Neoliberal Civil Procedure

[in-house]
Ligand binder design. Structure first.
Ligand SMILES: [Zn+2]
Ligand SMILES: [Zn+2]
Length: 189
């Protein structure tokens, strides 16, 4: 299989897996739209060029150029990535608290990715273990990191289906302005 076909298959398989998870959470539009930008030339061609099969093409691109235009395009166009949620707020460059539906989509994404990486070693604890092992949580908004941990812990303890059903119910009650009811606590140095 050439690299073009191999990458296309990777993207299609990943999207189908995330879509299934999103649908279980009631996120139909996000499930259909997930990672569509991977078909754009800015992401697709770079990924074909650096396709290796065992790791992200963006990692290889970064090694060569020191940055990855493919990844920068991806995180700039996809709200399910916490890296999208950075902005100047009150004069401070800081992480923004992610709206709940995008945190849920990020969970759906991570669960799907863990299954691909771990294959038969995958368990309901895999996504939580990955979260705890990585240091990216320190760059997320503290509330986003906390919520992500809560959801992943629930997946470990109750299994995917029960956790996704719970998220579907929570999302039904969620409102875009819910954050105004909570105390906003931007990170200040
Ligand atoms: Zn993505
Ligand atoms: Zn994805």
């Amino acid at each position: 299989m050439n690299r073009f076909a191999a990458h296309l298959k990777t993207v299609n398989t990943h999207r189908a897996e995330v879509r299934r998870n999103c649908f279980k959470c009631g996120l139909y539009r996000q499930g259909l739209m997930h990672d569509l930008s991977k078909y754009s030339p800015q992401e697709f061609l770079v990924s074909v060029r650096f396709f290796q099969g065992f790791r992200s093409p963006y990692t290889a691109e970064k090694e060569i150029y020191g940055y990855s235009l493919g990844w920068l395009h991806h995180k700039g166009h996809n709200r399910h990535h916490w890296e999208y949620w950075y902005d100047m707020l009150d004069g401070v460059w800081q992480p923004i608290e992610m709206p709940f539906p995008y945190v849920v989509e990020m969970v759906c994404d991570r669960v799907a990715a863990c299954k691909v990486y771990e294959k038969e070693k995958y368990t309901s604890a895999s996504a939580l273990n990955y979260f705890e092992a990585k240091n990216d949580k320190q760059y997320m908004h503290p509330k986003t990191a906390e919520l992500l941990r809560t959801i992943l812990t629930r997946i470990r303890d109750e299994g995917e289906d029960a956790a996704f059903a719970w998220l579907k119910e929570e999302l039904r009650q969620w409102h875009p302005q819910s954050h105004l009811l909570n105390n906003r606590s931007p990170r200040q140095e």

This Article argues that the current era of U.S. civil procedure is defined by its neoliberalism. The Supreme Court has over the past few decades reinterpreted the Federal Rules of Civil Procedure in ways that have made it more difficult for citizens to bring and maintain civil claims. The major decisions of this new era—in areas as diverse as summary judgment, pleading, class actions, and arbitration—exhibit neoliberal hallmarks. They display neoliberalism’s tendency to naturalize existing market arrangements, its focus on efficiency and obscuring questions of power, its reduction of citizens to consumers, and its attempt to analyze government through the lens of market-modeled concepts. As the Court’s procedural decisions make it increasingly difficult for citizens to bring claims enforcing regulatory law—including antitrust, antidiscrimination, consumer protection, and worker protection laws—the Court’s neoliberal orientation lurks in the background and helps to explain procedure’s modern progression. In order to fully appreciate, critique, and potentially move beyond the current era of U.S. civil procedure, it is important to understand the neoliberal logic that drives it, as well as the logics and values it obscures and sidelines.